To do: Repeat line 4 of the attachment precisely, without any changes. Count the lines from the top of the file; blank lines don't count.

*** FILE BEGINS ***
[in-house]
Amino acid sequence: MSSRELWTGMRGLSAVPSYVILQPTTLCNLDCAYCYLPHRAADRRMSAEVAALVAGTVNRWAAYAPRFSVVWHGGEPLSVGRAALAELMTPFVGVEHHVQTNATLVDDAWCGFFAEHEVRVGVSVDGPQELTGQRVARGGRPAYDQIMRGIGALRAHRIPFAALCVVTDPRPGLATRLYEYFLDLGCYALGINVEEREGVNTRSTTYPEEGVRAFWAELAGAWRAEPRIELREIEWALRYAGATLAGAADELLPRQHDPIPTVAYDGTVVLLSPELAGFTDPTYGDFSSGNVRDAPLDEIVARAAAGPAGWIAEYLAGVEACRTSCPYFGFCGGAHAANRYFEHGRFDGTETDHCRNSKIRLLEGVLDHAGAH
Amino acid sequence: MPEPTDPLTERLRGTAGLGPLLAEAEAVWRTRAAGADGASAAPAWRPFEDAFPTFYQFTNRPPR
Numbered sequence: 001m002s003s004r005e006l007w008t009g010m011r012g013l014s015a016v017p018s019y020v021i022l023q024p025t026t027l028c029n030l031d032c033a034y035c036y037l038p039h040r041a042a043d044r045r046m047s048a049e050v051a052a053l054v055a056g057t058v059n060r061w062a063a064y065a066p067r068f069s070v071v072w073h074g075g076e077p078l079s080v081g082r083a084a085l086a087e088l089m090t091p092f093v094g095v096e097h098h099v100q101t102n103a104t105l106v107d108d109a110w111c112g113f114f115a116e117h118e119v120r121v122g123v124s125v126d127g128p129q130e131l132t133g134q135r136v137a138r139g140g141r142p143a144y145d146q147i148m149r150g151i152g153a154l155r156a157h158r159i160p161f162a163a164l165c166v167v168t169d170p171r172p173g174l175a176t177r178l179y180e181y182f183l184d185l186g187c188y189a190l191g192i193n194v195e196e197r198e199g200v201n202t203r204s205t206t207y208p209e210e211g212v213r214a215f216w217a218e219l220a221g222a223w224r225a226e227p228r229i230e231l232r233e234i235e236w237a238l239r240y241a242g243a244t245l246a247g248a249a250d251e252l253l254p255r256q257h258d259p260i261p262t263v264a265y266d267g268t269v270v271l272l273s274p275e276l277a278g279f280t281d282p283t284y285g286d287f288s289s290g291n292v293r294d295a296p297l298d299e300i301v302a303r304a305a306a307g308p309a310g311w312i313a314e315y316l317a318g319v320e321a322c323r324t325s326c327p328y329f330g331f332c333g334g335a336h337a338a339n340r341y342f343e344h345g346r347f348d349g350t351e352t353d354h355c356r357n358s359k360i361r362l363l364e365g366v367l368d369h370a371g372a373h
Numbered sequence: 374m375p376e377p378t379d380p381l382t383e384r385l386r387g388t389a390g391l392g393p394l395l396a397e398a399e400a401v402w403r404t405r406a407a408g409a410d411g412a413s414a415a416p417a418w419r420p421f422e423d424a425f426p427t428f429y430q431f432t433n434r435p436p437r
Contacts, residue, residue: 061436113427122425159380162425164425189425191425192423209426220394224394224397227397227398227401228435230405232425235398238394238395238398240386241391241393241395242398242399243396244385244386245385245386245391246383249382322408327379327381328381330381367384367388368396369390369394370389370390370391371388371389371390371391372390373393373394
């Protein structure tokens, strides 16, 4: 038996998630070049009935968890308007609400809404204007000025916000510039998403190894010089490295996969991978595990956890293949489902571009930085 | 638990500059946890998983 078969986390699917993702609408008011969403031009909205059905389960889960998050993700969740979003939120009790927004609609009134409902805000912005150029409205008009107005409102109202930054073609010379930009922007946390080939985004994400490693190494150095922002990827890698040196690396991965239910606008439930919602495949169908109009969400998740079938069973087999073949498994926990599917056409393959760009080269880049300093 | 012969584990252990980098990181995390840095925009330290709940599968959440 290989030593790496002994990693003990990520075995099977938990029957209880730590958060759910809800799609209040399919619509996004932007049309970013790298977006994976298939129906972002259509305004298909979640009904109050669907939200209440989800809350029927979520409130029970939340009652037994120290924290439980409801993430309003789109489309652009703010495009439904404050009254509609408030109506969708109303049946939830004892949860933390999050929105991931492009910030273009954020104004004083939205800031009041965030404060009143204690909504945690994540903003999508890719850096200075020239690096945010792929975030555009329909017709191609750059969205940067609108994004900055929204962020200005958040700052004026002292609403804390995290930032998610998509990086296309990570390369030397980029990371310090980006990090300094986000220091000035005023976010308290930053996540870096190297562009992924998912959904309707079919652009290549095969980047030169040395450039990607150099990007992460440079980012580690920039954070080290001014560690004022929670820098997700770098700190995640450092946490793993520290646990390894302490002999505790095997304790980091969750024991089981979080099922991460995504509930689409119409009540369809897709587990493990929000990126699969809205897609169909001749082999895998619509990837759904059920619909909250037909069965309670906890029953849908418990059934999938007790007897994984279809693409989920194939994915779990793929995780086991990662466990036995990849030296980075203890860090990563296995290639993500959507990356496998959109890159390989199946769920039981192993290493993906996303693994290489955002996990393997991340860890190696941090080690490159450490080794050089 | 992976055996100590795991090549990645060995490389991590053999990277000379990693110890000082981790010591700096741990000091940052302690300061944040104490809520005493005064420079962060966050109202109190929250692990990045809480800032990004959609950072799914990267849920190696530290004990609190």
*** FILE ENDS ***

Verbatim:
Numbered sequence: 001m002s003s004r005e006l007w008t009g010m011r012g013l014s015a016v017p018s019y020v021i022l023q024p025t026t027l028c029n030l031d032c033a034y035c036y037l038p039h040r041a042a043d044r045r046m047s048a049e050v051a052a053l054v055a056g057t058v059n060r061w062a063a064y065a066p067r068f069s070v071v072w073h074g075g076e077p078l079s080v081g082r083a084a085l086a087e088l089m090t091p092f093v094g095v096e097h098h099v100q101t102n103a104t105l106v107d108d109a110w111c112g113f114f115a116e117h118e119v120r121v122g123v124s125v126d127g128p129q130e131l132t133g134q135r136v137a138r139g140g141r142p143a144y145d146q147i148m149r150g151i152g153a154l155r156a157h158r159i160p161f162a163a164l165c166v167v168t169d170p171r172p173g174l175a176t177r178l179y180e181y182f183l184d185l186g187c188y189a190l191g192i193n194v195e196e197r198e199g200v201n202t203r204s205t206t207y208p209e210e211g212v213r214a215f216w217a218e219l220a221g222a223w224r225a226e227p228r229i230e231l232r233e234i235e236w237a238l239r240y241a242g243a244t245l246a247g248a249a250d251e252l253l254p255r256q257h258d259p260i261p262t263v264a265y266d267g268t269v270v271l272l273s274p275e276l277a278g279f280t281d282p283t284y285g286d287f288s289s290g291n292v293r294d295a296p297l298d299e300i301v302a303r304a305a306a307g308p309a310g311w312i313a314e315y316l317a318g319v320e321a322c323r324t325s326c327p328y329f330g331f332c333g334g335a336h337a338a339n340r341y342f343e344h345g346r347f348d349g350t351e352t353d354h355c356r357n358s359k360i361r362l363l364e365g366v367l368d369h370a371g372a373h